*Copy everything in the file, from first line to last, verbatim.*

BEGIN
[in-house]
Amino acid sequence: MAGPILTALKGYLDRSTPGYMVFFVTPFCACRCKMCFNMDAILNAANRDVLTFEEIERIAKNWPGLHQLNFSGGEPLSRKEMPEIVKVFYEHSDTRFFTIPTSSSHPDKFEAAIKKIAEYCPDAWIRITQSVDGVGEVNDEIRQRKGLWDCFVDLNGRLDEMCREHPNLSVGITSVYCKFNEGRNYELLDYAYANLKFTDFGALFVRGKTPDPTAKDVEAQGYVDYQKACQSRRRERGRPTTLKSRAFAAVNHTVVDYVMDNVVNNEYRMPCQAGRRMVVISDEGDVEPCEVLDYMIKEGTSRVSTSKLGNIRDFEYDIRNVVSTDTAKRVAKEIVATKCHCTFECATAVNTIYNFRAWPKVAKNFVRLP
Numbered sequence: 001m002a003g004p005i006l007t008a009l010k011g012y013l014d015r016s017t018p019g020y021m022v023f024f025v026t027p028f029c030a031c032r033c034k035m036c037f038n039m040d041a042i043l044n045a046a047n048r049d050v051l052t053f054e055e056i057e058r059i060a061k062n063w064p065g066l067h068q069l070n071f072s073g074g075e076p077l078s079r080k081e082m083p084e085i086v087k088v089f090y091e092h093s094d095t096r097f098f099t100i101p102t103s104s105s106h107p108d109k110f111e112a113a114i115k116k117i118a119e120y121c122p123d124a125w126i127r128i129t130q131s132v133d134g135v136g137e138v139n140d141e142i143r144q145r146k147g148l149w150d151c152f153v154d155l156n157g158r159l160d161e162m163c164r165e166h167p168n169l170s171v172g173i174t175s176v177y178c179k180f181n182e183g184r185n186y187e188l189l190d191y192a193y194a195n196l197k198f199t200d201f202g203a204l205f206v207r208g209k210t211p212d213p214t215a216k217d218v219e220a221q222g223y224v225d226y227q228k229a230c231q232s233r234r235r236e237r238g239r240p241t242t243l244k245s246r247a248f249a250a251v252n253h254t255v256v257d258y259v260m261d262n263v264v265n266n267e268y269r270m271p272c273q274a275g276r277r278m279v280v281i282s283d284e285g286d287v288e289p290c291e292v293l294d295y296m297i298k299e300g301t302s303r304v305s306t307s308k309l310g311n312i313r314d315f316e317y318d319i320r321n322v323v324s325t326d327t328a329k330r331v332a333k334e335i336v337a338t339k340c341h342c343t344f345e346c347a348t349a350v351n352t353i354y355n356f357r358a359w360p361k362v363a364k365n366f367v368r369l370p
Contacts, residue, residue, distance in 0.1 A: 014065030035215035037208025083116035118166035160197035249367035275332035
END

[in-house]
Amino acid sequence: MAGPILTALKGYLDRSTPGYMVFFVTPFCACRCKMCFNMDAILNAANRDVLTFEEIERIAKNWPGLHQLNFSGGEPLSRKEMPEIVKVFYEHSDTRFFTIPTSSSHPDKFEAAIKKIAEYCPDAWIRITQSVDGVGEVNDEIRQRKGLWDCFVDLNGRLDEMCREHPNLSVGITSVYCKFNEGRNYELLDYAYANLKFTDFGALFVRGKTPDPTAKDVEAQGYVDYQKACQSRRRERGRPTTLKSRAFAAVNHTVVDYVMDNVVNNEYRMPCQAGRRMVVISDEGDVEPCEVLDYMIKEGTSRVSTSKLGNIRDFEYDIRNVVSTDTAKRVAKEIVATKCHCTFECATAVNTIYNFRAWPKVAKNFVRLP
Numbered sequence: 001m002a003g004p005i006l007t008a009l010k011g012y013l014d015r016s017t018p019g020y021m022v023f024f025v026t027p028f029c030a031c032r033c034k035m036c037f038n039m040d041a042i043l044n045a046a047n048r049d050v051l052t053f054e055e056i057e058r059i060a061k062n063w064p065g066l067h068q069l070n071f072s073g074g075e076p077l078s079r080k081e082m083p084e085i086v087k088v089f090y091e092h093s094d095t096r097f098f099t100i101p102t103s104s105s106h107p108d109k110f111e112a113a114i115k116k117i118a119e120y121c122p123d124a125w126i127r128i129t130q131s132v133d134g135v136g137e138v139n140d141e142i143r144q145r146k147g148l149w150d151c152f153v154d155l156n157g158r159l160d161e162m163c164r165e166h167p168n169l170s171v172g173i174t175s176v177y178c179k180f181n182e183g184r185n186y187e188l189l190d191y192a193y194a195n196l197k198f199t200d201f202g203a204l205f206v207r208g209k210t211p212d213p214t215a216k217d218v219e220a221q222g223y224v225d226y227q228k229a230c231q232s233r234r235r236e237r238g239r240p241t242t243l244k245s246r247a248f249a250a251v252n253h254t255v256v257d258y259v260m261d262n263v264v265n266n267e268y269r270m271p272c273q274a275g276r277r278m279v280v281i282s283d284e285g286d287v288e289p290c291e292v293l294d295y296m297i298k299e300g301t302s303r304v305s306t307s308k309l310g311n312i313r314d315f316e317y318d319i320r321n322v323v324s325t326d327t328a329k330r331v332a333k334e335i336v337a338t339k340c341h342c343t344f345e346c347a348t349a350v351n352t353i354y355n356f357r358a359w360p361k362v363a364k365n366f367v368r369l370p
Contacts, residue, residue, distance in 0.1 A: 014065030035215035037208025083116035118166035160197035249367035275332035